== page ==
Trump's illogical transgender ban

By Jesse Anderson
0 Comment(s)Print E-mail, August 5, 2017
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U.S. President Donald Trump [Xinhua]

In the months leading up to his election as President, Donald Trump was accused of being a variety of loathsome things – an Islamophobe, a misogynist, a demagogue, and just an all-around bigot.

If there was one minority group that he wasn't regularly accused of harboring ill-feelings towards, however, it was the LGBT community. In fact, it's interesting to note that not only was Trump the most LGBT-friendly Republican candidate to ever run for the Presidency, he was also arguably the most LGBT-friendly candidate to reach America's highest political office.

However, his announcement that transgender soldiers would be banned from serving in the armed forces has severely dampened the optimism that LGBT rights supporters might have harbored at the time of Trump's inauguration.

Trump made his decision known through his favorite means of communicating serious policy decisions: Twitter. His announcement came in a series of tweets; however, the most pertinent piece of information was: "The United States Government will not accept or allow transgender individuals to serve in any capacity in the U.S. Military."

He also claimed that this choice had come about, "after consultation with my generals and military experts." It's a vague enough claim; however, it should be pointed out that several very high-ranking military officials – including Mark Milley, the Army's top general, and General Joe Dunford, chairman of the Joint Chiefs of Staff – were completely taken aback by Trump's tweets.

They both insisted they were unaware of any impending change to the military's policy regarding transgender soldiers.

Trump's announcement naturally was seized upon by the media. Transgender rights have been a huge issue in recent years in the U.S., with many on the left accusing those holding opposing views of being transphobic. Meanwhile, the right has decried the pro-transgender movement as being based on a denial of biological facts.

However, whichever side of the political spectrum you might be, Trump's main reasoning behind the ban is hardly convincing: namely, his claim that the military is spending too much money on the health costs associated with allowing transgender soldiers to serve.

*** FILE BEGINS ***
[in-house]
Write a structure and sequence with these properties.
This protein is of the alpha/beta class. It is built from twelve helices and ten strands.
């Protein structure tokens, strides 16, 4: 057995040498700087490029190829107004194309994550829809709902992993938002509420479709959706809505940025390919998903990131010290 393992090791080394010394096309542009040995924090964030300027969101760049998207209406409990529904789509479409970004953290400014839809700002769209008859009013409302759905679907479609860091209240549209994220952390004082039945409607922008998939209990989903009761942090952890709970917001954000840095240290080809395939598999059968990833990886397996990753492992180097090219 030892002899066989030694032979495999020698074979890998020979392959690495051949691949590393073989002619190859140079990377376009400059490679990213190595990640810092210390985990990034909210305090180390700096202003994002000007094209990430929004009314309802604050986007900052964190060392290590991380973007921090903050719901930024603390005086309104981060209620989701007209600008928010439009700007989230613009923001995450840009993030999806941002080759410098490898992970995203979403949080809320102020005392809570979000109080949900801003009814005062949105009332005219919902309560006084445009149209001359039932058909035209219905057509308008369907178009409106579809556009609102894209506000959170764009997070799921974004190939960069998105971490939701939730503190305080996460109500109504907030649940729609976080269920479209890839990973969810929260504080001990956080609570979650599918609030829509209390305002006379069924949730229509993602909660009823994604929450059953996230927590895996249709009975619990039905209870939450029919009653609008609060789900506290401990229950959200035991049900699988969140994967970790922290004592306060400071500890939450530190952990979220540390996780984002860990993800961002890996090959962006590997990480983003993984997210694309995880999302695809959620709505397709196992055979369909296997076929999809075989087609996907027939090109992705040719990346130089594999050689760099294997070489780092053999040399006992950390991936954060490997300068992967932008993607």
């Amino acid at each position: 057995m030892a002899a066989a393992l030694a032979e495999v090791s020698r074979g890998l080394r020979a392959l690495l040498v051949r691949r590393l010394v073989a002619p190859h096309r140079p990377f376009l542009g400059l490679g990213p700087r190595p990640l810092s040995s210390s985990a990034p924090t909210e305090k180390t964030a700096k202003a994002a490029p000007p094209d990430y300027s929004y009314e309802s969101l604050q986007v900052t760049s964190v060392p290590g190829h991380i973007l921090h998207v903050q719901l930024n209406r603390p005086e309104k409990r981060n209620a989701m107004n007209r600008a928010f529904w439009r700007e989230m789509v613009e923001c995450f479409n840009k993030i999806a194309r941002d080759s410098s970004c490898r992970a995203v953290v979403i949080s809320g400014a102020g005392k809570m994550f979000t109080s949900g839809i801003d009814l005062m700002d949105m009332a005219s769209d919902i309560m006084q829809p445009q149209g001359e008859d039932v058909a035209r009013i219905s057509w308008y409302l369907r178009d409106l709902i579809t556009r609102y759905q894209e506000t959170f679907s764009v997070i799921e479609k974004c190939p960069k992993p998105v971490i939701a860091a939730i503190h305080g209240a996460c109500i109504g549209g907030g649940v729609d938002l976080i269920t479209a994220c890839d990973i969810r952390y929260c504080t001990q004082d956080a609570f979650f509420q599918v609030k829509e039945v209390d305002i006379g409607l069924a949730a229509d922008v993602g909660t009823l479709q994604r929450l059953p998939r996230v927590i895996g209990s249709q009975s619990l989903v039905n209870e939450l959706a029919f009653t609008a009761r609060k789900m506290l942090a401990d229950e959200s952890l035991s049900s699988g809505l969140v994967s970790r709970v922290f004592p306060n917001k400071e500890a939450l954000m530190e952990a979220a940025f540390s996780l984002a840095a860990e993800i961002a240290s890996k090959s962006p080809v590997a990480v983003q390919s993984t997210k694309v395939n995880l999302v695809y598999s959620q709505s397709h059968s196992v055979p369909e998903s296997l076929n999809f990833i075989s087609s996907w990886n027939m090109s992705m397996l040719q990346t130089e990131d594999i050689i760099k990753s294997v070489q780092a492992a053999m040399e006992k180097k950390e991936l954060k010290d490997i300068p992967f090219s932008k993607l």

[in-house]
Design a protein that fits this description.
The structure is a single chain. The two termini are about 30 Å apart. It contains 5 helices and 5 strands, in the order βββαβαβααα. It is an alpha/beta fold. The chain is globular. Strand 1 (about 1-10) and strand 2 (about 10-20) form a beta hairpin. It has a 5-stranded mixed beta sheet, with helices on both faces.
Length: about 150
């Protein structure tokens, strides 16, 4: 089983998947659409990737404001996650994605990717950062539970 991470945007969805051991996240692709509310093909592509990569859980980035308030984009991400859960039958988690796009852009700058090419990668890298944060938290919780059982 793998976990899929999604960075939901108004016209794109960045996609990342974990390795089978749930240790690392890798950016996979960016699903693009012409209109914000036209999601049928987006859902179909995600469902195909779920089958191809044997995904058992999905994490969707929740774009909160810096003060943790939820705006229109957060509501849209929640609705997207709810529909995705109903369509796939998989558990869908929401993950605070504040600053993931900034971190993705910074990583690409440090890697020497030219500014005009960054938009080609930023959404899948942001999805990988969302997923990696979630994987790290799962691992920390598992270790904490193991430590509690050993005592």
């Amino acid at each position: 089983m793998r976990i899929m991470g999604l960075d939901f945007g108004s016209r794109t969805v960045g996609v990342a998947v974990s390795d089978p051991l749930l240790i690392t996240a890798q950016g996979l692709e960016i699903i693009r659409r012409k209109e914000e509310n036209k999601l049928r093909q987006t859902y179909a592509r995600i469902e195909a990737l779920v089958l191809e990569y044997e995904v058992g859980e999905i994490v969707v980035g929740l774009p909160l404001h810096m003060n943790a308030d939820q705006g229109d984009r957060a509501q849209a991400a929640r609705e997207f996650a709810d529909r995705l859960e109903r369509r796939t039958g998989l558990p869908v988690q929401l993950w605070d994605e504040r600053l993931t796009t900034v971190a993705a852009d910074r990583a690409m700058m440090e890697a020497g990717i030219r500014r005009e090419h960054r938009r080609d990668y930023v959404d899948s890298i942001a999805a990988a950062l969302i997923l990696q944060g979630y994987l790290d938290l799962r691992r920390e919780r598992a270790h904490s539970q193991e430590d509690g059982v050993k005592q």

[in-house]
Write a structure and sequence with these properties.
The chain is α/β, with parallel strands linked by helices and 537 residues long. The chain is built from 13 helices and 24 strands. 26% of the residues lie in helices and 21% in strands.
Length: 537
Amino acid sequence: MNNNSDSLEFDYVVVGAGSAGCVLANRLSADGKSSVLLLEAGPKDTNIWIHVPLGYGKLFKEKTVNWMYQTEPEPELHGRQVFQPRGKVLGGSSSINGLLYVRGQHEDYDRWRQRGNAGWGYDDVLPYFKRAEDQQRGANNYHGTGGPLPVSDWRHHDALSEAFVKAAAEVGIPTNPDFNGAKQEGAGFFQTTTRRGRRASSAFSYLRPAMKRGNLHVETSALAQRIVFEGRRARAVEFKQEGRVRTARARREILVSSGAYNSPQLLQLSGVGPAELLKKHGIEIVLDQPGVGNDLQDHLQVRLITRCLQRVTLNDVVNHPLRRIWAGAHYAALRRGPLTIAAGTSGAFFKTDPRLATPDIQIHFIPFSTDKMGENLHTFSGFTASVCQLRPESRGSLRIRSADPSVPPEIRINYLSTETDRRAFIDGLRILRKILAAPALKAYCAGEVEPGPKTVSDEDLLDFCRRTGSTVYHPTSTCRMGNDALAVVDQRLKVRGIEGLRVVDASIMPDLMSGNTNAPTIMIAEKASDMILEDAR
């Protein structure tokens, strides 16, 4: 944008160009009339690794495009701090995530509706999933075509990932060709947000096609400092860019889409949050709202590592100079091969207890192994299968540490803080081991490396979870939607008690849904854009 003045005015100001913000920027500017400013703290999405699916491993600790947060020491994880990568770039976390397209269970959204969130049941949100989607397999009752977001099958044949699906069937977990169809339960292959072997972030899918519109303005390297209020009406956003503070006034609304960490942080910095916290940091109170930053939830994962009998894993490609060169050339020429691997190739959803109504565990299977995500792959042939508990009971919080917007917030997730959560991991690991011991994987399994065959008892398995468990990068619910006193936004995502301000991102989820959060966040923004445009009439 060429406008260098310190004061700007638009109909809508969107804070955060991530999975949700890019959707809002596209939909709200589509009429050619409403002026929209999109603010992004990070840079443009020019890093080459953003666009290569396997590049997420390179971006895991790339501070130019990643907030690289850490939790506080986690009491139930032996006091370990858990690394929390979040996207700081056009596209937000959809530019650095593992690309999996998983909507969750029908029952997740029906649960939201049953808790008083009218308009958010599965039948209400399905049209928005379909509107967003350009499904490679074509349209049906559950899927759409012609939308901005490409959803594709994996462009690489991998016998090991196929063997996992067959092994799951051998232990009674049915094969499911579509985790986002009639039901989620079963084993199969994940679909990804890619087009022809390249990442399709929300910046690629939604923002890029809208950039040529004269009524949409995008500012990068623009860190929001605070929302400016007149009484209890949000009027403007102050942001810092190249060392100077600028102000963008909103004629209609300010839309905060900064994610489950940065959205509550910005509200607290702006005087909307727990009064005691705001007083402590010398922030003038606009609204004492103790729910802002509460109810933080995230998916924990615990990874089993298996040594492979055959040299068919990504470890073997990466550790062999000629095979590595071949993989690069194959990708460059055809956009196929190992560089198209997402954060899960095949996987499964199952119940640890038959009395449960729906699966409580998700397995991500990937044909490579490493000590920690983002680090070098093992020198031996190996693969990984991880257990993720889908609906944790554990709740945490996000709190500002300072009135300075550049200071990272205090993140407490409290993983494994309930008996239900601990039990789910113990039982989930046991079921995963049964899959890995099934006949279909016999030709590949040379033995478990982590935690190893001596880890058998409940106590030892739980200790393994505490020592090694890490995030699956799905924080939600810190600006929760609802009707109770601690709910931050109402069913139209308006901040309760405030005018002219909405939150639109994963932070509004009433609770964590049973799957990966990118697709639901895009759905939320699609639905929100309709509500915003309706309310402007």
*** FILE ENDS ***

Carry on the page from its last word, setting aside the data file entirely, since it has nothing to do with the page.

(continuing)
Admittedly, hard facts are difficult to come by concerning military expenditure on transgender-related health costs, but one study by the RAND Corporation offered a figure of between 2.4 and 8.4 million dollars a year, a paltry amount for the world's largest military force.

To be fair, another estimate cited by right-wing sources – and attributed to Republican congresswoman Vicky Hartzler – claims that this figure could actually reach more than 100 million dollars, however, this comes from a single person with a clear political bias. Even if the estimate proves accurate, Trump's ban still faces two serious logical flaws.

The first: According to his tweets, all transgender people will be barred from serving. It doesn't matter if you've already undergone gender reassignment surgery, if you're transgender in any sense, you can't serve.

However, if someone's already passed through the whole process before enlisting, then their trans-related health costs for the military would be minimal. And if Trump's problem with transgender soldiers is really the cost of their healthcare, why not simply impose restrictions on how much the military will pay for an individual's transgender-related treatment?

[To be clear, I'm not arguing in favor of this; however, it's surely more palatable to many people than an outright ban on transgender soldiers) A policy that doesn't take these very basic ideas into account is clearly based on something more than mere financial reservations.

The second flaw: There are many other medical issues costing the military far more than the highest estimates of the monetary burden caused by transgender soldiers. For instance, it spends $84 million each year on erectile dysfunction treatment for servicemen, 10 times more than the RAND Corporation's upper-end estimate of transgender-related costs.

If the policy is for financial reasons, therefore, why not ban soldiers with erectile dysfunction as well and save taxpayers an exponentially larger amount of money?

These are both things that need to be addressed if the Trump administration expects the motives behind the transgender ban not to be viewed as bigotry. However, there's very little chance of that happening.

My guess is that Trump tweeted out the policy, likely to face serious challenges from both within and outside of the military, as a kind of petty form of vengeance against his many critics on the left. Given his past behavior, it's by no means an unlikely possibility.

Jesse Anderson is a writer and translator originally from Seattle. He is currently based in Mexico City.

Opinion articles reflect the views of their authors, not necessarily those of

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